Psychology Ph.D. Dissertations

Title

Youth Views of Neighborhood Needs: A Photovoice Collaboration

Date of Award

2020

Document Type

Dissertation

Degree Name

Doctor of Philosophy (Ph.D.)

Department

Psychology/Clinical

First Advisor

Catherine Stein

Second Advisor

Carolyn Tompsett

Third Advisor

David Hampton (Other)

Fourth Advisor

Dara Musher-Eizenman (Committee Member)

Abstract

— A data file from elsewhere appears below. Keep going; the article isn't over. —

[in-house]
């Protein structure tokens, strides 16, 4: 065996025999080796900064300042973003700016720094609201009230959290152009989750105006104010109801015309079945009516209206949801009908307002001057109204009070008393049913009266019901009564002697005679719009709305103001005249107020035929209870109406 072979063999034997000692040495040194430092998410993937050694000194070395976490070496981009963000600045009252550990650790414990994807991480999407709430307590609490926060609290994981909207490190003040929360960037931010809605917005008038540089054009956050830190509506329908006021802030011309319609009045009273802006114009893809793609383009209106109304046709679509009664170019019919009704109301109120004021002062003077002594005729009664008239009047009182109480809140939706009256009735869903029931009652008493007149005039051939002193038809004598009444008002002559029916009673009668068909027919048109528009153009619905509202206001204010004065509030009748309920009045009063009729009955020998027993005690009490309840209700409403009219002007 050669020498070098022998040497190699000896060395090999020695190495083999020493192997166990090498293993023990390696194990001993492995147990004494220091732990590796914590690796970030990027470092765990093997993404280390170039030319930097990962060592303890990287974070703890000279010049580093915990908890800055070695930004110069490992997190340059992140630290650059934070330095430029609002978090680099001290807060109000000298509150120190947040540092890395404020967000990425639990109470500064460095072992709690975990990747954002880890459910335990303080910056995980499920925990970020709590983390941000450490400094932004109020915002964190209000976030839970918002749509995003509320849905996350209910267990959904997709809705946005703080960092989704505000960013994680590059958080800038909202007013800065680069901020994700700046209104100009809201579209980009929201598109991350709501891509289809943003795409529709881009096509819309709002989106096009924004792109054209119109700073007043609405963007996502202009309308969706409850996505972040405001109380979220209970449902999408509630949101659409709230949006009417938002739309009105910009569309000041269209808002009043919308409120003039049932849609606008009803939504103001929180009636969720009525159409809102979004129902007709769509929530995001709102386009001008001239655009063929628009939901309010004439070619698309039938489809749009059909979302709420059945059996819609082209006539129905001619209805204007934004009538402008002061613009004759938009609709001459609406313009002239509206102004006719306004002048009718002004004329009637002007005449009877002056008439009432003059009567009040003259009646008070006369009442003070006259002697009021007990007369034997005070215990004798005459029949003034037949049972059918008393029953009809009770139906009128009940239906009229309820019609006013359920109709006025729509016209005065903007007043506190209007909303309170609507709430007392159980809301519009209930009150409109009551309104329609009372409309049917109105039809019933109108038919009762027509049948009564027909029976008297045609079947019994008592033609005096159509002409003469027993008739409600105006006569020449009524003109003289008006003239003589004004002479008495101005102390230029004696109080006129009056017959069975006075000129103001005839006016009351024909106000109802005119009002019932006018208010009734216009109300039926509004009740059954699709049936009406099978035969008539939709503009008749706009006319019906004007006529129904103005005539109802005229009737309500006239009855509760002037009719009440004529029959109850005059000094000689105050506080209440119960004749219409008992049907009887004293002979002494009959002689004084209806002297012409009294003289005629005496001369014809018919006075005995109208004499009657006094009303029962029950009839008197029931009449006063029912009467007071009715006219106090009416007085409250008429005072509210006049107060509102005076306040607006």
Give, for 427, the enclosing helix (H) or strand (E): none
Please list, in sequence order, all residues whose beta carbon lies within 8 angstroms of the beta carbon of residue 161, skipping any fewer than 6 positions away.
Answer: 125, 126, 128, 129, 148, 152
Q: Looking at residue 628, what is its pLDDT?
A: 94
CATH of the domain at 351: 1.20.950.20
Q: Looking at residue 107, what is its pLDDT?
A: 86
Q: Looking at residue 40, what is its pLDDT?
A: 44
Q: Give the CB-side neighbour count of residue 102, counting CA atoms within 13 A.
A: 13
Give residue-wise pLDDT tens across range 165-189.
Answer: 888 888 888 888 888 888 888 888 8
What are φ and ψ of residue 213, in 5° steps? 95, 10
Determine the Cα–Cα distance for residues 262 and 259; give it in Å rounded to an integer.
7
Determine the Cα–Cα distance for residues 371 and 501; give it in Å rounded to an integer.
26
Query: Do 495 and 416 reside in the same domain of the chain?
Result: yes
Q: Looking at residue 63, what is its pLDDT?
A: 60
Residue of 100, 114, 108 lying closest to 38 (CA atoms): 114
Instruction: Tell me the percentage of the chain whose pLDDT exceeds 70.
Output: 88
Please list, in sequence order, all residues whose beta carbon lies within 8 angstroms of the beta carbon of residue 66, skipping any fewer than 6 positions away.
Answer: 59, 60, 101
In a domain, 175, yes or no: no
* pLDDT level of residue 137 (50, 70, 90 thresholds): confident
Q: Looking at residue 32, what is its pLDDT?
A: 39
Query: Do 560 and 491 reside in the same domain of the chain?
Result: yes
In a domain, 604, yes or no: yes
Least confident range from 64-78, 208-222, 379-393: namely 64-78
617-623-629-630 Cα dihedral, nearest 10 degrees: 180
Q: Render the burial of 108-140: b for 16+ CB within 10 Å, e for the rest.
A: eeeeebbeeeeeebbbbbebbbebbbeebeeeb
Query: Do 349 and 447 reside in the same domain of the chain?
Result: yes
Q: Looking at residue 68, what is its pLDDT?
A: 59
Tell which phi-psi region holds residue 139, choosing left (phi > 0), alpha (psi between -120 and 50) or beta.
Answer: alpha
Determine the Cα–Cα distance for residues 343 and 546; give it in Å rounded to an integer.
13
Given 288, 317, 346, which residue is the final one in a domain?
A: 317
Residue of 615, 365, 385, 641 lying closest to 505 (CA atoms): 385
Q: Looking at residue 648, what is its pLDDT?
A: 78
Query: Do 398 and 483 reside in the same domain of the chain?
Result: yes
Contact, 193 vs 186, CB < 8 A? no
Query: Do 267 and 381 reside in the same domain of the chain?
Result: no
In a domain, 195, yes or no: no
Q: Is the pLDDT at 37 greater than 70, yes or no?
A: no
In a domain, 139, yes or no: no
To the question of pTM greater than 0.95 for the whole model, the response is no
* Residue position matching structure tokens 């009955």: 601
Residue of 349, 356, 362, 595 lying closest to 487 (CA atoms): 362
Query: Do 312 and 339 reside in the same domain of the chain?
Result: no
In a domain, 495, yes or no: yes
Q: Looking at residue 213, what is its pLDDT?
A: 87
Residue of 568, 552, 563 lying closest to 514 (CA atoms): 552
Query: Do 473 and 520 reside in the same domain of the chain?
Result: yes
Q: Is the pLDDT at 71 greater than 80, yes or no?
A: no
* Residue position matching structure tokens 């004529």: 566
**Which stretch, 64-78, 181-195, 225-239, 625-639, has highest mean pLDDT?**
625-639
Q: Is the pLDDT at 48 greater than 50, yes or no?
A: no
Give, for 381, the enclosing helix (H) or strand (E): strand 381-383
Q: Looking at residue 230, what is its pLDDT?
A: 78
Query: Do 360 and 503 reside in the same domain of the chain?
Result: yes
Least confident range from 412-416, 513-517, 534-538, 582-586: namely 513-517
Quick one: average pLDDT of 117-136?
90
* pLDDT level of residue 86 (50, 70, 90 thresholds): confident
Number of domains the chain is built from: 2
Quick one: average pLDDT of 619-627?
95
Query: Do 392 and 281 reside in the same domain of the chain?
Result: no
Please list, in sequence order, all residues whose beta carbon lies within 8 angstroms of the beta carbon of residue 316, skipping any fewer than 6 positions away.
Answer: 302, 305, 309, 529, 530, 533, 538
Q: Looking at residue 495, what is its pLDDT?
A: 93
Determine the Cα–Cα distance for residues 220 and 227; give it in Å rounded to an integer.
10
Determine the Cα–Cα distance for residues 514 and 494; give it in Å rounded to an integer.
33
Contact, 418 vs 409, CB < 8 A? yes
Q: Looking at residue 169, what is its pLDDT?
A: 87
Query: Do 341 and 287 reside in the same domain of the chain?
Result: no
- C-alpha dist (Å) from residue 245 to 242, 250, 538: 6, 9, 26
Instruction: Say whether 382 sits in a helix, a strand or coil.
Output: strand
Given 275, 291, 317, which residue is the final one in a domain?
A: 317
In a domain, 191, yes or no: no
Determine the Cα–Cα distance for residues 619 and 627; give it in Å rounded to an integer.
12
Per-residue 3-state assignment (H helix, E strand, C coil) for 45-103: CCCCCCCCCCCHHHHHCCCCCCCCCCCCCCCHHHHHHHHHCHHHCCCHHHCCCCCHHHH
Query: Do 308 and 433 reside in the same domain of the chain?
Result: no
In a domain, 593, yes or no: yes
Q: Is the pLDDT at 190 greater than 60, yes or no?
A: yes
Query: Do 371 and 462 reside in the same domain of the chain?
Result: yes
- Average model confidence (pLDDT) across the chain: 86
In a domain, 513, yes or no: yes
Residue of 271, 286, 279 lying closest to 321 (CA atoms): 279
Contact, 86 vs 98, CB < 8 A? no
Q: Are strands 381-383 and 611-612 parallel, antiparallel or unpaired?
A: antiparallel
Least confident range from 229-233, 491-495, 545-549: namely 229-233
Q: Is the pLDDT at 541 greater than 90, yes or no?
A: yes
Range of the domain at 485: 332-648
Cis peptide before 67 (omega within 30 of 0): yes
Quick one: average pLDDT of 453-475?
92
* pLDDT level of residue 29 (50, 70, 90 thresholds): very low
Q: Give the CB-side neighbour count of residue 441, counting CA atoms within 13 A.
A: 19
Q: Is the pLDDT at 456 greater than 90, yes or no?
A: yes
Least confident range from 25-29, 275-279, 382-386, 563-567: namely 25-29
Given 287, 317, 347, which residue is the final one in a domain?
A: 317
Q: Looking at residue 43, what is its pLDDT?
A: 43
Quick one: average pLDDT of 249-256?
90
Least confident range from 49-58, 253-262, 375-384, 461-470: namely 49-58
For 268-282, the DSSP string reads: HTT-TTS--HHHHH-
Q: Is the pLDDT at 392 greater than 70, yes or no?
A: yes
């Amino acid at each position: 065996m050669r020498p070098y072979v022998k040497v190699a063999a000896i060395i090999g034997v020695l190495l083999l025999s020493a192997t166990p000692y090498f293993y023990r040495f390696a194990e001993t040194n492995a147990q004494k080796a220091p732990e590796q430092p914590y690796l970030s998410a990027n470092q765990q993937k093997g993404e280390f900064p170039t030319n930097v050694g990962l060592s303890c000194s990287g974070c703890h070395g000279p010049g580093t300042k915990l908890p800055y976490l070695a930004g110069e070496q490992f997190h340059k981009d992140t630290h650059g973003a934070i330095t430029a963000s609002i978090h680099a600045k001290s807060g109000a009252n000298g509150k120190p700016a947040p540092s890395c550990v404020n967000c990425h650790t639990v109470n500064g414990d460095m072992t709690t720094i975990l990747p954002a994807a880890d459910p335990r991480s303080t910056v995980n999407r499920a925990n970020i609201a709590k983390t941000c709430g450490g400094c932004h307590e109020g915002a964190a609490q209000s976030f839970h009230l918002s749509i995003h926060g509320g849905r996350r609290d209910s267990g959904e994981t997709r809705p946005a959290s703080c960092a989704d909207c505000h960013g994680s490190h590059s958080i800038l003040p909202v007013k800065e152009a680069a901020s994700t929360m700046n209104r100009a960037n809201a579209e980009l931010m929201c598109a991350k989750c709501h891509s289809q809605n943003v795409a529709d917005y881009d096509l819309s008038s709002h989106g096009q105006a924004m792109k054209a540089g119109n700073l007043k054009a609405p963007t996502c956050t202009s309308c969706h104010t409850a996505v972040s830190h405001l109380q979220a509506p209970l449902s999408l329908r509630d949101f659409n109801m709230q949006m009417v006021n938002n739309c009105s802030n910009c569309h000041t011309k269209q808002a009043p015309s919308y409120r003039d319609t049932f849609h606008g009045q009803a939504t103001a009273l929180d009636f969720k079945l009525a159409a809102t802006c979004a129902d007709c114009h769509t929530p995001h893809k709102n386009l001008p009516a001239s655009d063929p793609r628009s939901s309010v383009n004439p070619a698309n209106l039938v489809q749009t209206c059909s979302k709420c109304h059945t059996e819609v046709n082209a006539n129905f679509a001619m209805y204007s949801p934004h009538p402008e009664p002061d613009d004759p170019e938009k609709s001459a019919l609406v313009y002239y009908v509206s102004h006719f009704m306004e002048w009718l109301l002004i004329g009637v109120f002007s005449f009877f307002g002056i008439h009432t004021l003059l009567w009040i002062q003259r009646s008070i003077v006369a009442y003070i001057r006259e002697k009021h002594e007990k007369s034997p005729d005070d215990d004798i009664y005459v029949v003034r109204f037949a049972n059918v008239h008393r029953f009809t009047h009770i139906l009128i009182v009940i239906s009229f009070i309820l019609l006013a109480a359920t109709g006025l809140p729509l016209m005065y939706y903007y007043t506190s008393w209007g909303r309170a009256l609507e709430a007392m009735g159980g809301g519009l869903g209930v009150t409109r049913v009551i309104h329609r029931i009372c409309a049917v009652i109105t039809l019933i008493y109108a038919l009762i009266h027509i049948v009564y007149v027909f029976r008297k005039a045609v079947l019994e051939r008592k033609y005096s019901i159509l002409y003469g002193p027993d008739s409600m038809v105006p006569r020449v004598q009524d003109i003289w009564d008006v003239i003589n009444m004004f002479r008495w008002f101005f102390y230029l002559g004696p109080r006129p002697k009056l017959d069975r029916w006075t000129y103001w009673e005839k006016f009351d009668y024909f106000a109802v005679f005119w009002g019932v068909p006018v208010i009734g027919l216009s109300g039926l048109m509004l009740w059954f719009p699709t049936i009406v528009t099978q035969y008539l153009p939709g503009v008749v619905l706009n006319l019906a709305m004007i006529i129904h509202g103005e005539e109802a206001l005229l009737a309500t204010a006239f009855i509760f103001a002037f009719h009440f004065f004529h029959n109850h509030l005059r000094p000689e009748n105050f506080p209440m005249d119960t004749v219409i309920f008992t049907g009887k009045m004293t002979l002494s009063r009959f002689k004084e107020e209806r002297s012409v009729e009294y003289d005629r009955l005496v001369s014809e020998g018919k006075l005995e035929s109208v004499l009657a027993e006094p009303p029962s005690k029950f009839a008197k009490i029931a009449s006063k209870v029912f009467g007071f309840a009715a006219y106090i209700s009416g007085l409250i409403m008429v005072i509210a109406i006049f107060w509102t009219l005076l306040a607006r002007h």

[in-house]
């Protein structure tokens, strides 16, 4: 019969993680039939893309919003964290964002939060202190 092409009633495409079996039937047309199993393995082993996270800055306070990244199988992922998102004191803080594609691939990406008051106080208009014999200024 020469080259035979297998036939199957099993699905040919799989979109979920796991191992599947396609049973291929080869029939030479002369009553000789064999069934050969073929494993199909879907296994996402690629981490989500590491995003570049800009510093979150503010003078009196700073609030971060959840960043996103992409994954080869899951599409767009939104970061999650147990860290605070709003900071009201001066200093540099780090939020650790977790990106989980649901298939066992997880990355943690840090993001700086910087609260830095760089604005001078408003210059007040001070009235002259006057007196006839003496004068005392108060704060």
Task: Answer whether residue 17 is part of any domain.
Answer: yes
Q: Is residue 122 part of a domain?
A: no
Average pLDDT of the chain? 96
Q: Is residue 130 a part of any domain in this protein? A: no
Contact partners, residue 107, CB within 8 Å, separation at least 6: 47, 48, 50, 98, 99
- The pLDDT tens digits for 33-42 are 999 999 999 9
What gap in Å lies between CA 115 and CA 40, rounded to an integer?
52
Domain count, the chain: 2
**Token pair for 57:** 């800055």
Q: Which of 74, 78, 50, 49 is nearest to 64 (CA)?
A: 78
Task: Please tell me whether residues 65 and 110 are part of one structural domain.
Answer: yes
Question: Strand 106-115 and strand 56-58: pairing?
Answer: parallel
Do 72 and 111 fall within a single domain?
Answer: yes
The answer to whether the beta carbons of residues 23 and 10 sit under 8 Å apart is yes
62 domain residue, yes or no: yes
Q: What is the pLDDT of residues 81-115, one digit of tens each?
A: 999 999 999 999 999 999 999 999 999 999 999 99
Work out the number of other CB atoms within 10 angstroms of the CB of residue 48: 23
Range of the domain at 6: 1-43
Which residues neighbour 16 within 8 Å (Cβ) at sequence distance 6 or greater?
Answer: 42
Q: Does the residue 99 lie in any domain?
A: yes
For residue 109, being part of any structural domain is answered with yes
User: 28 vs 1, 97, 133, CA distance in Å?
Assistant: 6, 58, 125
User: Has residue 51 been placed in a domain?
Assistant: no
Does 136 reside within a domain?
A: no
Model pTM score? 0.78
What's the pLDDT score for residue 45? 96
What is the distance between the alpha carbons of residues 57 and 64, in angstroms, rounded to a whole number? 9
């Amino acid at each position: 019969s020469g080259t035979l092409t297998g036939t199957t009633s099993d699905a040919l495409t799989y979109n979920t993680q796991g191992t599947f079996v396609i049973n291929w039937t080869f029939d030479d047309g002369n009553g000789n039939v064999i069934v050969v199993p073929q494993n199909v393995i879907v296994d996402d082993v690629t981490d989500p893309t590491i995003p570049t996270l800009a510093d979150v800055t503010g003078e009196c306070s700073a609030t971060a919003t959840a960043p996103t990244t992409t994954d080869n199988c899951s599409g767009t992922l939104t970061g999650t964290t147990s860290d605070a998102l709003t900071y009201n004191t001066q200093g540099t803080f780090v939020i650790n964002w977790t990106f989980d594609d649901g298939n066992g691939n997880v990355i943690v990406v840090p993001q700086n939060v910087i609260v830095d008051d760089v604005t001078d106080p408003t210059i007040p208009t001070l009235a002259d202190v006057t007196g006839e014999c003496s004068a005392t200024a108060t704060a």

Neighborhoods shape the daily experiences of residents, and in turn, neighborhood environments are shaped by residents. Despite evidence that neighborhoods influence residents of all ages, youth perspectives are often not valued, and youth input is largely excluded from intervention planning and decision-making. The present study used Photovoice to engage youth in an assessment of their urban neighborhoods in Toledo, Ohio. Nine adolescents (16 – 20 years old) from an economically-distressed neighborhood in Toledo participated in the project. Participants were included in collecting and analyzing data and disseminating findings to the community. During the six week Photovoice project, participants were asked to take photographs that reflected important aspects of their daily lives and attend weekly sessions to share photos and engage in group discussion. During the sessions, the participants and researcher analyzed the photographic data using Participatory Visual Analysis (Wang & Burris, 1997). Participants hosted a public event to display their photos at the conclusion of the project. To describe participants’ experiences, content analysis was used to identify themes discussed across Photovoice sessions. Ten themes emerged from participants’ photos, descriptions, and group discussions. Themes reflected three primary aspects of participants’ experiences: adolescence, neighborhood environment, and their social roles. Youth completed individual interviews to assess their views of project participation. Results of content analysis suggest that youth perceived numerous benefits of participation that included increased environmental awareness, social connections, efficacy, and communication. Overall, youth’s photographs and discussions illustrated the dynamic and varied ways in which youth interact with their neighborhoods. The present study highlights ways that participation in multiple aspects of the research process can empower youth to think critically and address issues in their own community.

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